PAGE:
RM was in charge of the operations, and thus the peculiar orders to the army unit,  ostensibly for the safety of his American friends

Another revealing news I got was that the Americans are paying USD 500millions each annually to Asif, Rahman and Nawaz  Sharif to keep their mouths shut and look after US interests. One of the bankers being quoted said he had been involved personally in the transaction of $500 M in the case of Nawaz!

The photo of one attacker killed shows a full tattoo on his left arm fro stout shoulder to hand. This excludes the person being a Taliban, a Muslim, Pakistani or even Indian. Its not part of our culture. Russian or Europeans would have a single tattoo. The full arm or body tattoos are only American culture. Draw your own conclusions.

I thought you should know.

( Name removed )

 

Can we just stop blaming other and fix our own problems first. How long before we are mature enough to  take responsibility for the ambit we’re responsible for. Maybe we all should read Cassius’ comments again…

 

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Liberty! Freedom! Tyranny is dead — ‘huh’ said Pakistani leadership

A massive failure on Pakistan’s part – I was nodding in agreement with CIA’s Panetta when he said either they (Pakistani govt, army, intelligence) are incompetent or involved; there is no third plausible explanation. For years we’ve been told that the military and the air force are well prepared to guard Pakistan’s borders; Osama Bin Laden and Al Qaeda are not in Pakistan; We are fight someone else’s war; There are no good Taliban; The US trusts us etc etc. The stark contrast between each statement and Pakistan are making conspiracy theorists wildest dreams come true. Conspiracy theories after Osama Bin Laden’s death have been doing the rounds. Here are a few questions some real, some stretching imaginations and some plainly comical.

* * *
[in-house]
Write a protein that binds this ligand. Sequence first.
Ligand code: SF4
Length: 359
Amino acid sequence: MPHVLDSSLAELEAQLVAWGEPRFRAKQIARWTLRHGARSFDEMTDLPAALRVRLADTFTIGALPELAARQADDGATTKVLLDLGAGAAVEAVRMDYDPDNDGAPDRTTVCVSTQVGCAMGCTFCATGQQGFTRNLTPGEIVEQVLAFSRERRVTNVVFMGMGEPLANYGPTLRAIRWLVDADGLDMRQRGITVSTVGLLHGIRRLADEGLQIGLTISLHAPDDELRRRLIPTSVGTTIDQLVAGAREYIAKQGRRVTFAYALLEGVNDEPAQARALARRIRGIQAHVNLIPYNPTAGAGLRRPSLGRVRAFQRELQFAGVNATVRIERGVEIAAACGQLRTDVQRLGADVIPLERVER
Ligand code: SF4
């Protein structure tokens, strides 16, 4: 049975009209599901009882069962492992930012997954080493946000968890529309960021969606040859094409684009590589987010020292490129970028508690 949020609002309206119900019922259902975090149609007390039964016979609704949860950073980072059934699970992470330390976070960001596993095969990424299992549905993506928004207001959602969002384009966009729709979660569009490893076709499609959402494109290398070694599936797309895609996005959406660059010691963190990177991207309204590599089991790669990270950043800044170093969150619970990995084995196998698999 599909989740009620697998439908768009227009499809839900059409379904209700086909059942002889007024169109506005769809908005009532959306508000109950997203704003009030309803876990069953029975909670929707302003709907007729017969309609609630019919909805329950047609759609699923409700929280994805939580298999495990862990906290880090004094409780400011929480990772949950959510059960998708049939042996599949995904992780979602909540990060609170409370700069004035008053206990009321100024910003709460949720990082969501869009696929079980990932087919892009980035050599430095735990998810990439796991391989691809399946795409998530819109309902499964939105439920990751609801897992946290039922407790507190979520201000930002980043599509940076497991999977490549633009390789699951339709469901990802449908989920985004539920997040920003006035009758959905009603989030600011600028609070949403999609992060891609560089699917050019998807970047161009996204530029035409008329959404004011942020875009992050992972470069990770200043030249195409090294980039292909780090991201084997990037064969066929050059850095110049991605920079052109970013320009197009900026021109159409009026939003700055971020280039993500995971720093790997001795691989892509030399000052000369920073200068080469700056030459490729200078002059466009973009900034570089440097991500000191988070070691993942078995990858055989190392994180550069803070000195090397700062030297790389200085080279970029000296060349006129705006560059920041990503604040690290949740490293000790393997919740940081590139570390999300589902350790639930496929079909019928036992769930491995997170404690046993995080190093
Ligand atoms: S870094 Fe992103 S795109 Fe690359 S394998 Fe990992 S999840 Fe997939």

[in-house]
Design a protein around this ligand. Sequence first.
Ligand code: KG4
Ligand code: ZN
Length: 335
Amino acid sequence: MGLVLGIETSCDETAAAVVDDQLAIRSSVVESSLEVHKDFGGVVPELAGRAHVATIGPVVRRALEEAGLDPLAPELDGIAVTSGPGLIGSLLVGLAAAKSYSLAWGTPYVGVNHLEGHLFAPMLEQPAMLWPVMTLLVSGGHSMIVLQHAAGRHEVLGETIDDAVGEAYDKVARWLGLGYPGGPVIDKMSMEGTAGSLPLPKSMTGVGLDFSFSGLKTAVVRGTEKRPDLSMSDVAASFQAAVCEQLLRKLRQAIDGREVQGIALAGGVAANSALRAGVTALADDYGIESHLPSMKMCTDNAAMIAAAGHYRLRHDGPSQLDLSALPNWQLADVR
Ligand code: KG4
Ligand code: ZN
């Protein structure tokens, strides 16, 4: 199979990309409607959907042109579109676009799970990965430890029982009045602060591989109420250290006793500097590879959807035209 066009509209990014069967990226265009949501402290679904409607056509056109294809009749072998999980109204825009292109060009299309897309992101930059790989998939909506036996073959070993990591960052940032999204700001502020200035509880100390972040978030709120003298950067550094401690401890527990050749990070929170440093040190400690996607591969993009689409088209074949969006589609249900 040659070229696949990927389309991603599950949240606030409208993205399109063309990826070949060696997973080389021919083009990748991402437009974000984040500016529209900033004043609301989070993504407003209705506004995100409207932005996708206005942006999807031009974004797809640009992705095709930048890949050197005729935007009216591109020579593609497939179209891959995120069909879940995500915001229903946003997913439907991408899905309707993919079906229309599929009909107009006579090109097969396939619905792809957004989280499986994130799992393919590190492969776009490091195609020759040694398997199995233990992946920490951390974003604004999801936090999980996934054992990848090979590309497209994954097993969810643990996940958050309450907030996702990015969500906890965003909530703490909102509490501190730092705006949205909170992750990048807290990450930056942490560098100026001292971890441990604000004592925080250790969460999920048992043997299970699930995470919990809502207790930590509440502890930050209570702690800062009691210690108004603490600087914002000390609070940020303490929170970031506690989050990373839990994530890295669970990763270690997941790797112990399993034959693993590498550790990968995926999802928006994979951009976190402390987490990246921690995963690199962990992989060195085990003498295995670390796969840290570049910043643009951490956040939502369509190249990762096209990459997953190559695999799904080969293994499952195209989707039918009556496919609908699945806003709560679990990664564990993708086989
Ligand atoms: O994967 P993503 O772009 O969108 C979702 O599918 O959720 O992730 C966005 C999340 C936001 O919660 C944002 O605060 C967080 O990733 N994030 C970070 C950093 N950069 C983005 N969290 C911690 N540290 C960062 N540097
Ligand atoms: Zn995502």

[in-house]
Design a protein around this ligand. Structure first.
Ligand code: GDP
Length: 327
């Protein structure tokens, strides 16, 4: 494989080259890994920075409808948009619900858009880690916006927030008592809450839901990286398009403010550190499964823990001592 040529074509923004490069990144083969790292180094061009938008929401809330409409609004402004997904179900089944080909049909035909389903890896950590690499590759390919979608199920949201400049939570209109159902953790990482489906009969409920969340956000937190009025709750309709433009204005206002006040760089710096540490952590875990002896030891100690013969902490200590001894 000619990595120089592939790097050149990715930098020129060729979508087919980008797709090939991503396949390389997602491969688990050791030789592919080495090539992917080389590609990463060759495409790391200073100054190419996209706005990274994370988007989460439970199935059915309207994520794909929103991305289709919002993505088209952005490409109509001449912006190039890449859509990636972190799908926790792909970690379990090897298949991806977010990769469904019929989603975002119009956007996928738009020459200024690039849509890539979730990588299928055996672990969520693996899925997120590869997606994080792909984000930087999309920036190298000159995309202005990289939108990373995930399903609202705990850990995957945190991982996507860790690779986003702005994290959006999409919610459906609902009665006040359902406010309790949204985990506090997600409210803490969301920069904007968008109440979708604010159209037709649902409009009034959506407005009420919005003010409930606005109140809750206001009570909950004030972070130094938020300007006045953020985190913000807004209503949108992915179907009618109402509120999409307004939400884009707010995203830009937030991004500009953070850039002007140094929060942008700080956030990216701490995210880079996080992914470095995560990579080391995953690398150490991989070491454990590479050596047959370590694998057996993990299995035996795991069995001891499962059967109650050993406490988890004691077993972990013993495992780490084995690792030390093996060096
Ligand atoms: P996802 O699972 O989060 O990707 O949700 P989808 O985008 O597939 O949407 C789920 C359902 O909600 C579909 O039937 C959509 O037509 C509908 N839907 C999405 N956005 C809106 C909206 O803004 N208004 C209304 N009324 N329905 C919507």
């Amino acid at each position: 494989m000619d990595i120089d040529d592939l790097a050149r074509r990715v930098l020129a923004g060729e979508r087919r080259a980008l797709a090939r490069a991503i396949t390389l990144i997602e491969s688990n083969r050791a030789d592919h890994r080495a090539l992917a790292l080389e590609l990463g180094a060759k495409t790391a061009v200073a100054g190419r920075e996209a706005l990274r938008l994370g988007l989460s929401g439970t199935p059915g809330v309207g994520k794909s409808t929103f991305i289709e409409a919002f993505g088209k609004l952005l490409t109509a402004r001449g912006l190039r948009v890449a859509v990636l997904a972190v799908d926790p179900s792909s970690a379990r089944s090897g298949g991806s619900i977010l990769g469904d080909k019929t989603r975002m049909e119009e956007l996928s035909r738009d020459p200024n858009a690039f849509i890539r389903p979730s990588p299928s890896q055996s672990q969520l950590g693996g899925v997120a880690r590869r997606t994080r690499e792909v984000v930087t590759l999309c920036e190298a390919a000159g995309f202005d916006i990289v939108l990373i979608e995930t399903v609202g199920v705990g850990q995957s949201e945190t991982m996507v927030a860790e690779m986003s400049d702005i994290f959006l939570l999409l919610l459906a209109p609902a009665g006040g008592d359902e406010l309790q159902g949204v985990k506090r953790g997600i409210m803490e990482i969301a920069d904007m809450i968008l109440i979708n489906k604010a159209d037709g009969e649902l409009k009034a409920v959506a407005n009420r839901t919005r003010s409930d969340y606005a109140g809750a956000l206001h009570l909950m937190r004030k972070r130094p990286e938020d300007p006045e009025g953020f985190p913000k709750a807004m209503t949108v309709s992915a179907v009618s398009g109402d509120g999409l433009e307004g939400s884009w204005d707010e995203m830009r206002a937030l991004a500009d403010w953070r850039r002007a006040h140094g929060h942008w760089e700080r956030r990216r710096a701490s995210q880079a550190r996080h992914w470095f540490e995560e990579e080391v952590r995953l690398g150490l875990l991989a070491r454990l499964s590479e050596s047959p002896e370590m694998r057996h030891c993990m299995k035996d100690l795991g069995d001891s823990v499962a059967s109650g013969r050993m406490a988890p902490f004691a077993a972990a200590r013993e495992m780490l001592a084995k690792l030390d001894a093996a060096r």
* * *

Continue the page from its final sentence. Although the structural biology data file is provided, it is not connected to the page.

1. Are the stories about links between Osama, Omar Saeed Sheikh, ISI, and the CIA are a decade old?
2. Are the fuzzy facts of the recent Bin Laden killing accurate?
3. Who ordered to shoot Bin Laden in the head and dump his body in the sea?
4. Will AlQaeda” seek revenge?
5. Are the 5 videos released by Pentagon real or fake? When were they shot?
6. Is it Osama Bin Laden watching his own video or is it someone else?
7. Will face another humiliation if Nukes are taken away in a dark night?
8. How capable is the PAF as Air Defence command had no coverage on the Western sector?
9. Did the US use hi-tech stealth helicopters?
10. Will Pakistan hand back Osama’s wives and evidence capture from the abbottabad compound?
11. Did Osama resist arrest?
12. WERE THE SEALS PERMITTED TO LEAVE ?
13. Were the 2 airborne PAF F-16s not allowed to engage?
14. Are Pakistan’s nuclear assets well guarded?
15. Is Osama really dead? Was he dead in 2002? goo.gl/9LaHa
16. Why does the U.S. account of the attack keeps changing?
17. Why the fishy decision to bury him at sea – Muslim ritual, or deep-sea coverup?
18. Do those who don’t believe Obama was born in the U.S also don’t believe Osama was killed in Pakistan?
19. Did The U.S. just stage a fake attack to make us think they did?
20. Did Obama do it to trump Donald Trump who’s been questioning Obama’s birthplace?